FEARNET Movie Review: 'Europa Report'



europa reportThe brand-new sci-fi thriller Europa Report is about a half-dozen astronauts who are on their way to the moon of Jupiter, but something tragic happens and...
Wait, wait. Come back. Yes, I know this plot sounds almost painfully familiar. We've all seen "outer space expedition" movies, be they the earnest cinematic space missions of the 1950s or modern movies as disparate as Mission to Mars, Moon, Event Horizon or the highly underrated Steven Soderbergh rendition of Solaris from a few years back. On its simplest level, Europa Report is reminscent of many other sci-fi films. Once you get past that, however, you're in for one of the most sincere, suspenseful, and fascinating science fiction movies of the past few years.

Again, the plot is simple stuff: a six-person crew is in the midst of a multi-year mission to visit Jupiter's moon, and just as things are starting to get easy, all hell breaks loose and one of the engineers is... let's say lost. With little choice but to continue their search for life under the ice of Europa, the five remaining crew members manage to reach their destination -- and that's when things get really dangerous. 

But herein lies the important stuff: put aside that the plot is pretty familiar stuff, Europa Report still stands out as science fiction in its purest and most fascinating form: it pulls several ideas from the latest in science fact and then uses those facts as the starting point for some wonderfully realistic fiction. To start with: all of the characters are well-crafted, strongly realized, and (before you know it) entirely three-dimensional people. It's amazing how much that helps once the "perils" show up. If you want to break Europa Report down by genre, I'd say it's pure sci-fi mixed with a sly disaster movie that maintains a firm sense of creepy awe and calm horror once Act III gets rolling. 
Also more than a little noteworthy is how director Sebastian Cordero has elevated the "found footage" game. Yes, Europa Report is presented in a faux-documentary fashion, which means you're getting the story from A) a few interview segments not unlike what you'd see on a Science Channel special, and B) a lot of "raw" footage that was shot by the spacecraft's large array of digital cameras. And since I know these reviews are being read by hardcore horror fans, let's make one thing clear: Europa Report is nothing like Apollo 18. It's more like the "best case scenario" of what Apollo 18 could have been.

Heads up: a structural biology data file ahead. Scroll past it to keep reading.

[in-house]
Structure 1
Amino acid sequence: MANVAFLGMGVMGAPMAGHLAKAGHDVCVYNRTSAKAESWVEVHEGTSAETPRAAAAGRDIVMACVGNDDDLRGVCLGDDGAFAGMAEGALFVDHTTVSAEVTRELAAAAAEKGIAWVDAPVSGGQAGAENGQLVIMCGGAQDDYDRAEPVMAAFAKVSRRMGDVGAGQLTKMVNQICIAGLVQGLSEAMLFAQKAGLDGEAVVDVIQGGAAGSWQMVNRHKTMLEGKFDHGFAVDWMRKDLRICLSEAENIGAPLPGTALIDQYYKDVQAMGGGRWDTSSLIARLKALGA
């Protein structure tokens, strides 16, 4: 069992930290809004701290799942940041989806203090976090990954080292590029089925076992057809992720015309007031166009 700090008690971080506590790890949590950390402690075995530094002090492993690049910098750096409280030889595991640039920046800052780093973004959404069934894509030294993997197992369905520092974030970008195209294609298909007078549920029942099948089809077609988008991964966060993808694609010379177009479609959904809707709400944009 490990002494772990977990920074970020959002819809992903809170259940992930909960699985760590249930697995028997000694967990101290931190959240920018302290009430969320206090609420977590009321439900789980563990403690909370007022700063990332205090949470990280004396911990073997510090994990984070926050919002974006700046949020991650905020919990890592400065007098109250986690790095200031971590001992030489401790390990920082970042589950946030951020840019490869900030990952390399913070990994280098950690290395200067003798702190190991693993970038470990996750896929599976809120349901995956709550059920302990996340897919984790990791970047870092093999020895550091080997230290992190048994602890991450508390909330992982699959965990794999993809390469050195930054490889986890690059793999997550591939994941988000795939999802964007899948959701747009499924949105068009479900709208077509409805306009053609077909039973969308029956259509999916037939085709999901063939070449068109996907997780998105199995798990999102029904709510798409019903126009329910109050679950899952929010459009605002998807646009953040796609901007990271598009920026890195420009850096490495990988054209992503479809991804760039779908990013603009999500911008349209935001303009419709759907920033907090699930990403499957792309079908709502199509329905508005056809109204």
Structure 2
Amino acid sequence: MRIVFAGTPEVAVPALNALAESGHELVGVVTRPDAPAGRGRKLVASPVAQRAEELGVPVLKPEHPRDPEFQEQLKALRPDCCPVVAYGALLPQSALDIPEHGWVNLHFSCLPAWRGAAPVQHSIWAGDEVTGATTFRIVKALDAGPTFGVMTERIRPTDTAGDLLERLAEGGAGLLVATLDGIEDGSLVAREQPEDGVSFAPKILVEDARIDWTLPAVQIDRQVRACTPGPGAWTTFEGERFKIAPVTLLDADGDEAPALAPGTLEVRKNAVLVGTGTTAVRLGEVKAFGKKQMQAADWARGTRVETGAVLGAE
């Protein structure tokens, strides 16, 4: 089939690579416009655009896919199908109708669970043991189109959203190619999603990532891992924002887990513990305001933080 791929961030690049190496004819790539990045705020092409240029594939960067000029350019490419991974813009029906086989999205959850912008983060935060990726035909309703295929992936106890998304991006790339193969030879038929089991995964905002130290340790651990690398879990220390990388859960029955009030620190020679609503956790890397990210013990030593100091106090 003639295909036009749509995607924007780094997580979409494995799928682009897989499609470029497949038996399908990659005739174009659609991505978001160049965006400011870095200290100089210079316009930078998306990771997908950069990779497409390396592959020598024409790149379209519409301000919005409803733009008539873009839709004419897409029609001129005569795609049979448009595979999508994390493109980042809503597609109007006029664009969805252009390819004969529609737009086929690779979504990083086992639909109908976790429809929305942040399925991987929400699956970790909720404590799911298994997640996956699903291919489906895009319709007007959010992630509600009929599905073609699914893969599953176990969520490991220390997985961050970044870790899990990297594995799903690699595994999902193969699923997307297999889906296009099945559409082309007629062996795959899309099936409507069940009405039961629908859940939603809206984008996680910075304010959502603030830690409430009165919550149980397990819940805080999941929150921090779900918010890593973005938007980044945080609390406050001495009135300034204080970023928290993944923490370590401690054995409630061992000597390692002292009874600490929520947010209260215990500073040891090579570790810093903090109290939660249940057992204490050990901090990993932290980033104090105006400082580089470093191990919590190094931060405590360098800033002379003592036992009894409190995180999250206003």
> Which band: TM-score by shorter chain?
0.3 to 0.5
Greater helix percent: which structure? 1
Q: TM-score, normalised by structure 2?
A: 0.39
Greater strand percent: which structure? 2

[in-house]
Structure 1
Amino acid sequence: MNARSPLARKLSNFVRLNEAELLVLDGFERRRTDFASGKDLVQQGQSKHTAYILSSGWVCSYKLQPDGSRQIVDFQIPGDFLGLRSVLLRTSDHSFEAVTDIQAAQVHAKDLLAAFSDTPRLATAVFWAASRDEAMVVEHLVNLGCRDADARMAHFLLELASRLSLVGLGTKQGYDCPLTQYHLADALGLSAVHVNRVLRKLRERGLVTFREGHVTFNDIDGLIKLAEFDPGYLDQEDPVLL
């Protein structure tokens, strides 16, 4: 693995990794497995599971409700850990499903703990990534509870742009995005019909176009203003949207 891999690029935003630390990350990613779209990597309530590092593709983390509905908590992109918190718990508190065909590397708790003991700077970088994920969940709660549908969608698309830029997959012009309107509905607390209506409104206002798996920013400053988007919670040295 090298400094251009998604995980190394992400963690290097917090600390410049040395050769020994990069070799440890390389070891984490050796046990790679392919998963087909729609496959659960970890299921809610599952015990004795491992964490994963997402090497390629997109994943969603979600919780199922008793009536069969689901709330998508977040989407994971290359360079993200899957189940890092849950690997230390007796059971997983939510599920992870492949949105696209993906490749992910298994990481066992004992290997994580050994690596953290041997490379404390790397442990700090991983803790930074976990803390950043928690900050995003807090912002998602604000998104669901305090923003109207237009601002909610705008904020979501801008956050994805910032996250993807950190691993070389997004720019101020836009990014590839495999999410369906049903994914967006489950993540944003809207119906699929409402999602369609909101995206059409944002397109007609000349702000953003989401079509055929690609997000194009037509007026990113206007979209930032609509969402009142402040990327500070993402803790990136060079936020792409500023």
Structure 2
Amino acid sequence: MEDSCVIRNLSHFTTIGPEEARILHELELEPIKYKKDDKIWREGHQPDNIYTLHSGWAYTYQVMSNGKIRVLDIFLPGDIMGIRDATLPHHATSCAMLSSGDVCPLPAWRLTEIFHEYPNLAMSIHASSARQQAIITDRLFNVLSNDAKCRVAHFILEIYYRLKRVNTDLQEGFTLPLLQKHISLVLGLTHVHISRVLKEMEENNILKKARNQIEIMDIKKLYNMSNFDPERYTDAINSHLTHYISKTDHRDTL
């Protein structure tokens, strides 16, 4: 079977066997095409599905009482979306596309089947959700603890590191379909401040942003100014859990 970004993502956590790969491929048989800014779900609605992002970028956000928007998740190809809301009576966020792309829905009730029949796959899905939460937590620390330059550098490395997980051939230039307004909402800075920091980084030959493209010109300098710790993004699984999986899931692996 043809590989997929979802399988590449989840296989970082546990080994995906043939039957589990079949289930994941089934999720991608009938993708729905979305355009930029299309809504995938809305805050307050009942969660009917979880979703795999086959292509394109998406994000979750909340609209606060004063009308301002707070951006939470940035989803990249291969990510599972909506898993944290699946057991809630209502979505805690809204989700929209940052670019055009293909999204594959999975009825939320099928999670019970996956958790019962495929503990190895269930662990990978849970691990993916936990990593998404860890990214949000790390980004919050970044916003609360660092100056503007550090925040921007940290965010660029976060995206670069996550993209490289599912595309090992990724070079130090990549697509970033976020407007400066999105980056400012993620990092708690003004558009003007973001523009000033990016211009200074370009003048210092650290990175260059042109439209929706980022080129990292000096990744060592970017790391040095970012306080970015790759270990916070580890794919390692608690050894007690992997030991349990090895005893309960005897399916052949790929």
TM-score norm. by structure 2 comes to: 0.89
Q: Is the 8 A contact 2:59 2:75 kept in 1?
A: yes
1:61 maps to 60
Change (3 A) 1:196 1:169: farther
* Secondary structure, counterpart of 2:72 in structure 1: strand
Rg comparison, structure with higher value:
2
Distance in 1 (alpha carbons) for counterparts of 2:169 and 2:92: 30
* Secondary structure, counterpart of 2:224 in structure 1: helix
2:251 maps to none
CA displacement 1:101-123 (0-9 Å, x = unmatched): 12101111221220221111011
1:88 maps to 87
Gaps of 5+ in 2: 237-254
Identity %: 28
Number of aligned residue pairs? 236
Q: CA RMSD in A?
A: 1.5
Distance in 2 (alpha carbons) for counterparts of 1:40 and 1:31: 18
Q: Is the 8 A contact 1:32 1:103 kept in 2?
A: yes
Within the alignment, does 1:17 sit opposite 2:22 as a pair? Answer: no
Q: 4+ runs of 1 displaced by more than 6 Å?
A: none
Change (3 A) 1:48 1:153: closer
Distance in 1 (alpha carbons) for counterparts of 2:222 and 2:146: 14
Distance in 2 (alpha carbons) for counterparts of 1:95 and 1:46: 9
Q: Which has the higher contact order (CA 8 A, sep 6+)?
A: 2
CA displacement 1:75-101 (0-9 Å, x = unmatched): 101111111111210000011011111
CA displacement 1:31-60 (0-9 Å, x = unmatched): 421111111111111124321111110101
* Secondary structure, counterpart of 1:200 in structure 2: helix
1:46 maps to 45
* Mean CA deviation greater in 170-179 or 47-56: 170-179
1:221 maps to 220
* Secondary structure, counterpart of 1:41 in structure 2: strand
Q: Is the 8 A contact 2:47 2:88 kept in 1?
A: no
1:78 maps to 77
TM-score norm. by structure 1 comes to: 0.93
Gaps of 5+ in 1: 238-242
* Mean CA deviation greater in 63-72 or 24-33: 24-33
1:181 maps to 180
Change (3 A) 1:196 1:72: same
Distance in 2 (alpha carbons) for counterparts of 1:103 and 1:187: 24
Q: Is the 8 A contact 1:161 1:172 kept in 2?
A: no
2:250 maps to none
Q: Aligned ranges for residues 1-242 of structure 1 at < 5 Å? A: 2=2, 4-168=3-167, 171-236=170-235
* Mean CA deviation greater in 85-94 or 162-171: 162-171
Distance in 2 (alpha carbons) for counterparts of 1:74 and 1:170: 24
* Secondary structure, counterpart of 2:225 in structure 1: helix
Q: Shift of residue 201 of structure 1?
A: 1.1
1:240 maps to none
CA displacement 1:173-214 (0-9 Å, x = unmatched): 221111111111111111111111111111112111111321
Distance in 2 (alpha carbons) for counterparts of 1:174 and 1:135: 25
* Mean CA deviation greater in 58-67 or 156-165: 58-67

Taken a step further, Cordero and his visual team deserve huge credit for pushing "faux doco" storytelling a little further. If all you know of this filmmaking technique is that it's generally herky-jerky and ugly and potentially nauseating, be prepared to change your perception of "found footage." Put simply: Europa Report is gorgeous to look at. The basic character scenes are crisp and clean and yes, a tad Kubrick-ish, but once Cordero points his cameras towards outer space or (even better) around the destination moon, the movie is quite simply beautiful.

Backed by an excellent ensemble (genre fans will recognize folks like Dan Fogler, Embeth Davidtz, and Sharlto Copley, but really there's not a weak link in the entire chain), a very fine score by Bear McCreary that feels a bit intrusive at the outset but gradually becomes essential, and a true sense of "wonder" that is often lacking in even the coolest in sci-fi, Europa Report is an excellent little piece of speculative space cinema, one that knows full well how fascinating outer space is, and how heroic its explorers truly are.